Novelist James Patterson says older whites experience "a different form of racism"
"It's even harder with older writers," Patterson complains. "You don't meet many 52-year-old white men."
James Patterson, a best-selling author with an estimated net worth of $ 800 million, shows how difficult it is for white men to find work in publishing and Hollywood.
An interesting novel says that white writers experienced a "different form of racism" in an interview with The Times published on Sunday, in which they lamented the misery of older white people.
"What is it?" Patterson thought. "Can you get a job? Yes. is it harder? Yes. It's even harder for older writers. You haven't met many 52-year-old white men. "
These remarks come after the magazine noted that the white author's early success was based in part on the character of a black detective, the fictional Alex Cross, in his crime series about a police and a forensic psychologist.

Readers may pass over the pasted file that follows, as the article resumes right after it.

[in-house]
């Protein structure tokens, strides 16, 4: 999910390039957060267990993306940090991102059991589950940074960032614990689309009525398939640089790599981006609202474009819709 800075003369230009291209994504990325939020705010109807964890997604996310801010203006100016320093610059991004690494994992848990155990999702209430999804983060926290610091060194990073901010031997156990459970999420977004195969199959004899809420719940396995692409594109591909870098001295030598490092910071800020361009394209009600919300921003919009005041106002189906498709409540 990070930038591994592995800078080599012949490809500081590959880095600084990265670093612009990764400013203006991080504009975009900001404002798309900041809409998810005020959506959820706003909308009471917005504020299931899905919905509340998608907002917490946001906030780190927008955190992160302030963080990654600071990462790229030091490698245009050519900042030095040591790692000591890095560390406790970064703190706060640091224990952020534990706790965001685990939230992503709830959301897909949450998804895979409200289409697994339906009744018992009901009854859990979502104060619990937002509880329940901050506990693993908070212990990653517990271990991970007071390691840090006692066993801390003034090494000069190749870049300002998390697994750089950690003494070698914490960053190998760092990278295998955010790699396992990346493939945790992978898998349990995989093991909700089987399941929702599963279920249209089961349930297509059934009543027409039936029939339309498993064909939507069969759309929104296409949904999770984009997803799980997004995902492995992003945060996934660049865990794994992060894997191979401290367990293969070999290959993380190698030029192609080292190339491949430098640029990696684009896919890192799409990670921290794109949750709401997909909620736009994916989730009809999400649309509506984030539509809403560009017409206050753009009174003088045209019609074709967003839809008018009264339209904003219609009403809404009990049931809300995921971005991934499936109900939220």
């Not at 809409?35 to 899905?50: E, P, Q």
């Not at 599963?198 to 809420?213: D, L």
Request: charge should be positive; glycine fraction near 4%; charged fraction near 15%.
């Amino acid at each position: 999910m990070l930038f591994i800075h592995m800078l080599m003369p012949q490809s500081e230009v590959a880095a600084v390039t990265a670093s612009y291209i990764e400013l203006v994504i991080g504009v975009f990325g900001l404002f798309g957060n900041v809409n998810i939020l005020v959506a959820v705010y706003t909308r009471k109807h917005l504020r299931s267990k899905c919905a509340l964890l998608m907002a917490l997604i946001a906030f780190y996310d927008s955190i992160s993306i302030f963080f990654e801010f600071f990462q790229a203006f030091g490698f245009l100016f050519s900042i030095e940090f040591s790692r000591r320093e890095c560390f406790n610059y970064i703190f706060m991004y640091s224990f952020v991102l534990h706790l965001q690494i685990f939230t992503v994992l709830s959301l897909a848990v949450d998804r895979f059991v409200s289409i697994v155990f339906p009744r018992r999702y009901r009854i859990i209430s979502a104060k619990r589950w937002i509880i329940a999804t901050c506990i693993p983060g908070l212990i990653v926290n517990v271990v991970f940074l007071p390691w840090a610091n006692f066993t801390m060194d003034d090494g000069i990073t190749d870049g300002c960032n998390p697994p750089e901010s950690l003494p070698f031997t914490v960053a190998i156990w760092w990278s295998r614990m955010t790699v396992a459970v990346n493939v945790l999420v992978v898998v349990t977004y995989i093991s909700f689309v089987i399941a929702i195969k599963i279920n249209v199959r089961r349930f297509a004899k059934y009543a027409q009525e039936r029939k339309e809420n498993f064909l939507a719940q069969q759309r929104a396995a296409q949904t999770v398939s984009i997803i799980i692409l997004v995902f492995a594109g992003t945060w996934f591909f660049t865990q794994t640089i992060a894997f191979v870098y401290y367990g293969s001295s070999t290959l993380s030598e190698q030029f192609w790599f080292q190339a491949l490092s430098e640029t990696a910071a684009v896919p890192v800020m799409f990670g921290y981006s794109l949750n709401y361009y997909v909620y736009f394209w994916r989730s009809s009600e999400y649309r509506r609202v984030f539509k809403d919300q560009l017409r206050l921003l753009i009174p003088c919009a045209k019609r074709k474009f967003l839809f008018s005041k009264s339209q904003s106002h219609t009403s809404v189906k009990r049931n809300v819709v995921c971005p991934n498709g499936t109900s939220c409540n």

Morgan Freeman played the detective in two film adaptations, Kiss the Girls in 1997 and Along Came and Spider in 2001.
"I just wanted to make the number black," Patterson said. "I'm not going to try to write a serious saga about the Black family. It's different from detective because the plot is so important."